According to legal experts, the case is serious and could pose a threat to Mr. Trump.

A group of Mr. Trump’s friends have been fighting in courts around the country, arguing that they shouldn’t have to. Their track record has been mixed so far.

A federal judge on Tuesday ordered Donald Trump adviser Kash Patel to testify before a grand jury investigating the handling of federal records at Mar-a-Lago, according to two people familiar with the investigation.

Judge Beryl Howell of the DC District Court has granted Patel immunity from prosecution on any information he provides to the investigation, the people said.

The decision of the court is under seal after a secret proceeding in which theJustice Department subpoenaed him to the jury. He wouldn’t answer questions by asserting his Fifth Amendment protection.

According to court records and sources, Patel is one of several advisers around Trump who may have legal risk associated with the Mar-a-Lago situation, but it is not clear if he is a target of the Justice Department probe.

He served as a national security and defense official during the Trump administration, and this summer became one of Trump’s designees to interact with the National Archives and the Justice Department as both agencies have tried to repossess classified records Trump kept from his presidency. He has claimed in conservative media interviews he personally witnessed Trump declassifying records before he left the presidency, and has argued Trump should be able to release classified information.

Trump and the Georgia Grand Jury: Report of the 2021 Phone Call from Trump to the Secretary of State in Mar-a-Lago

Other witnesses were subpoenaed to the grand jury looking at Mar-a-Lago over the past several months, including in a flurry of activity around the day of the FBI’s August search, one source said.

The grand jury met for about seven months in Atlanta and heard testimony from 75 witnesses, including some of Trump’s closest advisers from his final weeks in the White House.

McBurney made clear that the findings from the special grand jury will not be made public. Some of the people named in those recommendations may not have appeared before a grand jury.

The big question is whether the portions will include any bits of information that shed new light on what Trump himself did two years ago and whether the special grand jury concluded that the former president committed any crimes.

In 2020Trump lost to Joe Biden in Georgia. The former president insisted there was no problem with his activities during the election.

In document preservation requests to Georgia officials in February 2021, she told them that she was investigating possible crimes, including solicitation of election fraud, making false statements to government bodies, conspiracy, rackethood, violation of oath of office and violence or threats related to election administration.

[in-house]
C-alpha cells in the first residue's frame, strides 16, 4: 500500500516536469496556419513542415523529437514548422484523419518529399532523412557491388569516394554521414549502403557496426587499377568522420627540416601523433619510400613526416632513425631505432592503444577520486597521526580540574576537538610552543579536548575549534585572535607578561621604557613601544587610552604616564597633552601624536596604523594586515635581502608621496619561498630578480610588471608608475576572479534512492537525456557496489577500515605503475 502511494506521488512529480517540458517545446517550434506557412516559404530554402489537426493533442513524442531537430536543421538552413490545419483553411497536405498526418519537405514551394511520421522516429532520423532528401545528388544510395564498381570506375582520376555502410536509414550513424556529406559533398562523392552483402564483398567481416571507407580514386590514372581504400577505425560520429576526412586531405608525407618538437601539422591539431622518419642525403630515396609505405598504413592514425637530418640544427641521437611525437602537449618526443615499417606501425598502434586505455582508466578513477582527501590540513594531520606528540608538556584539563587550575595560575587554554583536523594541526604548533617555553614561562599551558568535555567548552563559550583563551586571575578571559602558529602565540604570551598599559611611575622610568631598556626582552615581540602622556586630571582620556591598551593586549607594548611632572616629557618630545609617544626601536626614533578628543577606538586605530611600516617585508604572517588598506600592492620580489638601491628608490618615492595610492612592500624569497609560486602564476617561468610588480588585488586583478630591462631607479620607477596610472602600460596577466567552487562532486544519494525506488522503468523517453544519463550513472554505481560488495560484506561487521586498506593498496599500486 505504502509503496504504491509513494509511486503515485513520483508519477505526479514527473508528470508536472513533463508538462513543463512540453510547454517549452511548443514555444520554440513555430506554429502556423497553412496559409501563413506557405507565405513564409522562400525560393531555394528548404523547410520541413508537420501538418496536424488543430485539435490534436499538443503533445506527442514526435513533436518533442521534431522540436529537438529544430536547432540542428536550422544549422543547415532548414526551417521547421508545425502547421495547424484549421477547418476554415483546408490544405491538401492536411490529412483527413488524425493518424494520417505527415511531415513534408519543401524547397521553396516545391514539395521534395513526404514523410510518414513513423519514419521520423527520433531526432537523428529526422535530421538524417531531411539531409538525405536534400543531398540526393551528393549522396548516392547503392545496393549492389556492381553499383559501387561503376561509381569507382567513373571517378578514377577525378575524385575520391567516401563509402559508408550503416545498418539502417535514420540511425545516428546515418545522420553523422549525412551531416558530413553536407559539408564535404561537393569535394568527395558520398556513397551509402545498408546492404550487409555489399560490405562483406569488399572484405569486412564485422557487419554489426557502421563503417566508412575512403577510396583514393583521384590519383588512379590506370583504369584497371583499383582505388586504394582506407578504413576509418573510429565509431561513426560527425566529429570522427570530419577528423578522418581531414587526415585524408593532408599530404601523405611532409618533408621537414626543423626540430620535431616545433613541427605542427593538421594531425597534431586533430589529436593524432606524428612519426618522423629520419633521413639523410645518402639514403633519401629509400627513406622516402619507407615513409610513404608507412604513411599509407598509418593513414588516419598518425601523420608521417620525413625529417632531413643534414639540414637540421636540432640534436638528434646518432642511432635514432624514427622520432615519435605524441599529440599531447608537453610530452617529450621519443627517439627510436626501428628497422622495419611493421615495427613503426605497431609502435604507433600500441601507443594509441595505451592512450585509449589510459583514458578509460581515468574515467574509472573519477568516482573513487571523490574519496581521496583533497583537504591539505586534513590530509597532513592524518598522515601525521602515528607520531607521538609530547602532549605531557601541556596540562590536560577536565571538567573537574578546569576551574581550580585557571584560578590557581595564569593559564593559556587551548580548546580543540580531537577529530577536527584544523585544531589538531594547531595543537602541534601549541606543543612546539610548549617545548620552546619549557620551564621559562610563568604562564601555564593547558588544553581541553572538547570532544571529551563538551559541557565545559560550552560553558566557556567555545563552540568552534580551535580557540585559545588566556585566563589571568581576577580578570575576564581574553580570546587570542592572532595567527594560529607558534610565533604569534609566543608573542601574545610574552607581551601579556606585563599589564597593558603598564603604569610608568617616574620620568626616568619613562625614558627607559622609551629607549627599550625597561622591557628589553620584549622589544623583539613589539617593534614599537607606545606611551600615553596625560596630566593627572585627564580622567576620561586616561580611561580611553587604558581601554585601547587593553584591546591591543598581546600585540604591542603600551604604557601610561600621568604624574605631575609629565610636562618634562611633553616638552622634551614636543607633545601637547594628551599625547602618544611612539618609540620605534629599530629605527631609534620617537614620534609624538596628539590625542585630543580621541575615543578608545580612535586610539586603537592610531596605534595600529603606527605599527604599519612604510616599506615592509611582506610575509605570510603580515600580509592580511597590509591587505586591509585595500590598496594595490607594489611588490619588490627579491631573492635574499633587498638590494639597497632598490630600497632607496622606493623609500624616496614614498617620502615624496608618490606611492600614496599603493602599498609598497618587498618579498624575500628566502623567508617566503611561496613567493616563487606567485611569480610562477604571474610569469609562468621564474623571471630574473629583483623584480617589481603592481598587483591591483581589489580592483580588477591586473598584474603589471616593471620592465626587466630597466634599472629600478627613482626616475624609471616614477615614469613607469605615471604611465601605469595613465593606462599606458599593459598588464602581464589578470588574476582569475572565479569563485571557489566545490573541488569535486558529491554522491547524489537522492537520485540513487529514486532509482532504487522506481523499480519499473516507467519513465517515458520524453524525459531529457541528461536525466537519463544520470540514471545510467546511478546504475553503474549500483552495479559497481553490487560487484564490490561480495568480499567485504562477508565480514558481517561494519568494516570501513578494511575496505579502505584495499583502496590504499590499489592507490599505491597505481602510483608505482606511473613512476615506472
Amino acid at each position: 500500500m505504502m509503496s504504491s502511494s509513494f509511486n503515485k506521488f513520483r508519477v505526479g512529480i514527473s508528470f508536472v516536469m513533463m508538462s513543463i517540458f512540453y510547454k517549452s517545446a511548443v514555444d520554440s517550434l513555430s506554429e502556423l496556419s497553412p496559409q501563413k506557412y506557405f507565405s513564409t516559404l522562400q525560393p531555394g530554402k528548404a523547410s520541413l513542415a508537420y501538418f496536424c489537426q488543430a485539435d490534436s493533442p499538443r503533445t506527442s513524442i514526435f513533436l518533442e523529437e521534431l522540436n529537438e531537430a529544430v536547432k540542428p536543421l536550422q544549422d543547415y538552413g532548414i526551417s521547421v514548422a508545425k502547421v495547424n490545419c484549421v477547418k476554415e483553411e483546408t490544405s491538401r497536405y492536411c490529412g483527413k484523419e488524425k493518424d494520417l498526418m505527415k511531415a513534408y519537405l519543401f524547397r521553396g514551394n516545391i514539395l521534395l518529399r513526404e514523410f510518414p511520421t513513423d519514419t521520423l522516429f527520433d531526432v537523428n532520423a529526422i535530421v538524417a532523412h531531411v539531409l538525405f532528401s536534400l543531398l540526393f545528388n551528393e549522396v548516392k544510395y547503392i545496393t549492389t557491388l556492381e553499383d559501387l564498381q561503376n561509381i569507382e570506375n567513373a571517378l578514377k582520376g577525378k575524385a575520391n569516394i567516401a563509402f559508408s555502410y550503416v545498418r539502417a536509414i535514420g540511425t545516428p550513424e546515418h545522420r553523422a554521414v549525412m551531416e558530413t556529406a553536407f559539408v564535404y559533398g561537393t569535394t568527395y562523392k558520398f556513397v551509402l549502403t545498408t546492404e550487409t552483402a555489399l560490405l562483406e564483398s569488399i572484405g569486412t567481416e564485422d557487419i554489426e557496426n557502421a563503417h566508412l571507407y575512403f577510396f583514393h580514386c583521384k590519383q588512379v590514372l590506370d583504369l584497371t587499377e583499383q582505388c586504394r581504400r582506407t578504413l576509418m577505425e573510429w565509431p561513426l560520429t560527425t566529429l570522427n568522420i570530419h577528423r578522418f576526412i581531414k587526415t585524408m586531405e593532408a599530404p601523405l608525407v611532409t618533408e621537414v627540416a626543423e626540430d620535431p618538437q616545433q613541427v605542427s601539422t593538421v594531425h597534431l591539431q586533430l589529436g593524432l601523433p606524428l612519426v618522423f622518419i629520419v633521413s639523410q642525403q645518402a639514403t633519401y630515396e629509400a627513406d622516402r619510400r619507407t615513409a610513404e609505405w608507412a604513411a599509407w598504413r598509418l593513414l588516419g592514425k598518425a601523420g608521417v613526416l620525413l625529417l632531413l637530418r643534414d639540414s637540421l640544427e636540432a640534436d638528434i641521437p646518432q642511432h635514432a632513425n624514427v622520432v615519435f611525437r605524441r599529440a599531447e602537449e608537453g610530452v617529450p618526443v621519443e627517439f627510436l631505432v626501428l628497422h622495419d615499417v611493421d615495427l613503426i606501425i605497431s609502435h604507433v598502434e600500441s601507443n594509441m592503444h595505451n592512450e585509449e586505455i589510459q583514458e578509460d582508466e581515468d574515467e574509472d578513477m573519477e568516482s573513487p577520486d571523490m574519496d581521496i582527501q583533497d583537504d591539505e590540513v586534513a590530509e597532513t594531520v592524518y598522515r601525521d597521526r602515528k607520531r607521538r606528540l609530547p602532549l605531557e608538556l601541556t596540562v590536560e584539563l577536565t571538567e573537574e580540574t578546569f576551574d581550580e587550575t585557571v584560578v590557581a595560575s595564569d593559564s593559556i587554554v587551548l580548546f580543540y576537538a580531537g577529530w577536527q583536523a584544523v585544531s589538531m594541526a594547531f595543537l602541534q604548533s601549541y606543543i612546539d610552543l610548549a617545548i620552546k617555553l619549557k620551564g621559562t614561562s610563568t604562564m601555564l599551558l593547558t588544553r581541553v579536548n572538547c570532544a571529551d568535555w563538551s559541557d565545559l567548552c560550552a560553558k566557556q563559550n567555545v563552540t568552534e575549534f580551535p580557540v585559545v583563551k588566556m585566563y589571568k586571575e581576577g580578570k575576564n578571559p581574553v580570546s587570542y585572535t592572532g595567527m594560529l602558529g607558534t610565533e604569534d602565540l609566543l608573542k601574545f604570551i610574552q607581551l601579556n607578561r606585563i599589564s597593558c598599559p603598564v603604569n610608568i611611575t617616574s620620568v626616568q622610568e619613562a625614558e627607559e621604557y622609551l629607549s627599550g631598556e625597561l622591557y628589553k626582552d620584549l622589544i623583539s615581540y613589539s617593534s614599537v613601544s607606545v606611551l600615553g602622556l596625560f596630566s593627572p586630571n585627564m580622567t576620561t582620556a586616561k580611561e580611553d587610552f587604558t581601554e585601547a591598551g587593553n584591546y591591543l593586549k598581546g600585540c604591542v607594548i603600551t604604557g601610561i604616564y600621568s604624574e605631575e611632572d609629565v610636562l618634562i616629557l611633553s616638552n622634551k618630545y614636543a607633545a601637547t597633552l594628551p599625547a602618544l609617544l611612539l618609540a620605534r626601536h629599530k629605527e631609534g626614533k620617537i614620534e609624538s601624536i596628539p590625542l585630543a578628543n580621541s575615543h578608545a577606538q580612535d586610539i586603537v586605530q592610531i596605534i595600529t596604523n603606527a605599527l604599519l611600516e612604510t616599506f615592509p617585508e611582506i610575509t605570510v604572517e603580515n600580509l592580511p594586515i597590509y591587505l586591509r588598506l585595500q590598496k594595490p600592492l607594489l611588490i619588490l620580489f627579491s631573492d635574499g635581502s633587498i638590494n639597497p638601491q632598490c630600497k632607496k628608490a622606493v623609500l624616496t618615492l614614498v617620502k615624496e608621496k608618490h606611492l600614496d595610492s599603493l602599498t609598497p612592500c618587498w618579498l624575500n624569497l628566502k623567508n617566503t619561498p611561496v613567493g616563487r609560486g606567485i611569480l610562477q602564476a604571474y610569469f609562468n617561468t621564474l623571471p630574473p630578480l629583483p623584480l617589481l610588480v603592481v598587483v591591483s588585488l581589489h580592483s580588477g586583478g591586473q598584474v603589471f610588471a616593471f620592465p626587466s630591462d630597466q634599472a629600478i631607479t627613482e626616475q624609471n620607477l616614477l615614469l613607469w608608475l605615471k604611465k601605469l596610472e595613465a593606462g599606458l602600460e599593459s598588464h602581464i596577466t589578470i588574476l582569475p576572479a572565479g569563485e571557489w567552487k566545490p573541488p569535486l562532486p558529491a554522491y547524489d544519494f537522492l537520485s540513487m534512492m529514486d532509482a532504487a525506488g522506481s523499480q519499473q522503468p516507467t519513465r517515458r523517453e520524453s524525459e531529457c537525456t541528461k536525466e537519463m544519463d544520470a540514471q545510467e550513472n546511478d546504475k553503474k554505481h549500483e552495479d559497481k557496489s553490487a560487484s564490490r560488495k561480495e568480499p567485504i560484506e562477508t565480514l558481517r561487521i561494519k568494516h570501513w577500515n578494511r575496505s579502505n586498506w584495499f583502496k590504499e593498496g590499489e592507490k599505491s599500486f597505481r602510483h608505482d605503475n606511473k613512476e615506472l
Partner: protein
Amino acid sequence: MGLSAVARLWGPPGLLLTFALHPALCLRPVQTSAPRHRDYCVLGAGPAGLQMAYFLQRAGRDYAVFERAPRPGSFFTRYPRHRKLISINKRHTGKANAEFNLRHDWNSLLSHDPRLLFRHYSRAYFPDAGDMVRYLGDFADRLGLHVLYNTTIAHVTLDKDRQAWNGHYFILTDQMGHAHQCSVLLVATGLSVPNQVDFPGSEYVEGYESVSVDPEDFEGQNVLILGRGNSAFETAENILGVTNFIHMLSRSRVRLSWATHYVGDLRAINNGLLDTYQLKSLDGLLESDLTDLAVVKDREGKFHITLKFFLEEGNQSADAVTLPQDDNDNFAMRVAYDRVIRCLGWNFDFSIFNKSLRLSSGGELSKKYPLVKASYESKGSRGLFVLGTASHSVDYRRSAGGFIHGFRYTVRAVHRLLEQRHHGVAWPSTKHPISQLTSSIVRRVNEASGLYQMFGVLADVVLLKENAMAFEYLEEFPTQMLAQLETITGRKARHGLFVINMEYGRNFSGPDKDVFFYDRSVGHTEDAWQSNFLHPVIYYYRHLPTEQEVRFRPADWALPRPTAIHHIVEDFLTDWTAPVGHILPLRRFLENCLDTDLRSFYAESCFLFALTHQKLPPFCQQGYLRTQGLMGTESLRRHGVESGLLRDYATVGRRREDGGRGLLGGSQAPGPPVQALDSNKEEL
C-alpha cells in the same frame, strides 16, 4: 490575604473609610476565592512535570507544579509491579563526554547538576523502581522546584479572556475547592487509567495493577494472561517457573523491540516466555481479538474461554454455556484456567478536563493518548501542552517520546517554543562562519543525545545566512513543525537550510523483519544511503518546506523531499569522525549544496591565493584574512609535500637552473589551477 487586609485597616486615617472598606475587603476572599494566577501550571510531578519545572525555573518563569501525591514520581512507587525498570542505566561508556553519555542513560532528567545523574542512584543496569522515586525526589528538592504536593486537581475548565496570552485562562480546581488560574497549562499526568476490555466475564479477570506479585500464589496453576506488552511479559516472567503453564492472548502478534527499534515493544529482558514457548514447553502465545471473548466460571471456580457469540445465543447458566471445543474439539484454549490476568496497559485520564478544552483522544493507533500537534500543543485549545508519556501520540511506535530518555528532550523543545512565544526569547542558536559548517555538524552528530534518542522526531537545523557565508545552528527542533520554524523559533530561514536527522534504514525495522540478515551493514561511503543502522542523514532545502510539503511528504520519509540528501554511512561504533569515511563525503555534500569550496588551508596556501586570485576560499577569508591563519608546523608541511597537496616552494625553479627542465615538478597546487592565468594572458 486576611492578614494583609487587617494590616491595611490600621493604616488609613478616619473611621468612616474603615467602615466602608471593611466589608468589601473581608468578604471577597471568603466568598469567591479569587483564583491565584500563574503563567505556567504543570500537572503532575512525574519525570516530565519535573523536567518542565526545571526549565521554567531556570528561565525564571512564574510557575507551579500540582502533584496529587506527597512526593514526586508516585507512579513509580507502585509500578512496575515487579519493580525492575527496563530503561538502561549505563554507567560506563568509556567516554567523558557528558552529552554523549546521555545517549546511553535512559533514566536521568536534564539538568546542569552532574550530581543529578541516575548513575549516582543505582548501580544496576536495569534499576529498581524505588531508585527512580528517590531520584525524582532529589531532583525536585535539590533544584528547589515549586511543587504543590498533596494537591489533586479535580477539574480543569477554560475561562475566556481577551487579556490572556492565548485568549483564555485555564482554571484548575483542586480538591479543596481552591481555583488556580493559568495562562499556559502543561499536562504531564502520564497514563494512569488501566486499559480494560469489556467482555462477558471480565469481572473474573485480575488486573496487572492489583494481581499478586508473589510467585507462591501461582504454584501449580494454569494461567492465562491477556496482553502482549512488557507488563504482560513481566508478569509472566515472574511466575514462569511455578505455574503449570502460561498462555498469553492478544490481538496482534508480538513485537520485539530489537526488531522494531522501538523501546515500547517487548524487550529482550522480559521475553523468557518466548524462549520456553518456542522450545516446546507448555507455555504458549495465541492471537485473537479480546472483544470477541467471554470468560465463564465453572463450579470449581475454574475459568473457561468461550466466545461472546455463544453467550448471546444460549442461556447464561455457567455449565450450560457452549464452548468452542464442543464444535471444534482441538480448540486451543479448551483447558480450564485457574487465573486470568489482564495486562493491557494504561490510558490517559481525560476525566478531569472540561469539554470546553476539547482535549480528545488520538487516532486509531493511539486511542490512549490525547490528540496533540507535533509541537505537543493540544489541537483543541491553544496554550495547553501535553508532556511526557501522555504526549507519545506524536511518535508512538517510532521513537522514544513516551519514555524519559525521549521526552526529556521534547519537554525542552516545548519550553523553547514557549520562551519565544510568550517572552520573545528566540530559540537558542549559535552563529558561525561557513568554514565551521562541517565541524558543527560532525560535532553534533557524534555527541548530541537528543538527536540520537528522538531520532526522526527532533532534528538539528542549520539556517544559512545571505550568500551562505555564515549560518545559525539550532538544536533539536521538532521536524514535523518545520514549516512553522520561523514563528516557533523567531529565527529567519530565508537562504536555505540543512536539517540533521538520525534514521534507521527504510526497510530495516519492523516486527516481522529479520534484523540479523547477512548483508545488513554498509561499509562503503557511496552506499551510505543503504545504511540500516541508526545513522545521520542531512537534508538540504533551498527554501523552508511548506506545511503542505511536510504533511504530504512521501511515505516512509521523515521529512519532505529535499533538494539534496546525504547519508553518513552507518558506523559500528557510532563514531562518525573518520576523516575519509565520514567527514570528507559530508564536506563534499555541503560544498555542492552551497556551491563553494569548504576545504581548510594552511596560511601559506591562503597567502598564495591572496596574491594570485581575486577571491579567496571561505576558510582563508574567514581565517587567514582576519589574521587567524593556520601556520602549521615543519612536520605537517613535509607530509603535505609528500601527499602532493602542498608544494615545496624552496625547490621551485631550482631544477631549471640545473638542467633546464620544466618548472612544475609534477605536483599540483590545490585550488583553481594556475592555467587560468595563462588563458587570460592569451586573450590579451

Cunningham added to CNN that “there is no doubt that whatever (the report is) referring to is either conduct that was done directly by Donald Trump or done on his behalf.”

Some of what was done on the part of the former president to affect the election results was considered a crime by this cross section of citizens. “I think that’s terrifically significant.”

The Georgia probe was set off nearly two years ago by an hourlong January 2021 phone call from Trump to Georgia Secretary of State Brad Raffensperger asking him to “find” the votes necessary for Trump to win the Peach State. Trump has referred to it as a “perfect” phone call.

The grand jury believed that perjury charges should be brought against some witnesses. The grand jury recommended multiple indictments but she did not provide names, according to The New York Times.

The final report will likely include summaries of the panel’s investigative work as well as any recommendations for indictments or conduct that led to the panel’s conclusions.

The Democrat who is in the investigation has not brought any charges at this time. During a hearing last month on whether to public release the report, she said that her decision to bring charges is imminent and suggested that the special grand jury had recommended multiple indictments.

“We find by a unanimous vote that no widespread fraud took place in the Georgia 2020 presidential election that could result in overturning that election,” it added.

The grand jury’s conclusions on the fraud matter is important because it once again establishes that Trump was attempting to overturn the results of a legitimate election. That could factor into charging decisions by state prosecutors, who are weighing whether to indict Trump and his allies with crimes related to 2020.

Perjury “may have been committed by one or more witnesses testifying before it,” according to portions of the report disclosed Thursday. The Grand Jury recommended that the District Attorney seek appropriate indictments for crimes where the evidence is compelling.

The pages released Thursday do not name any witnesses alongside that recommendation and do not provide any other details about the witness testimony the special grand jury heard.

Fulton County Sheriff’s Office Appropriations: Trump’s name is not mentioned, nor is he a candidate for the 2020 Presidential Campaign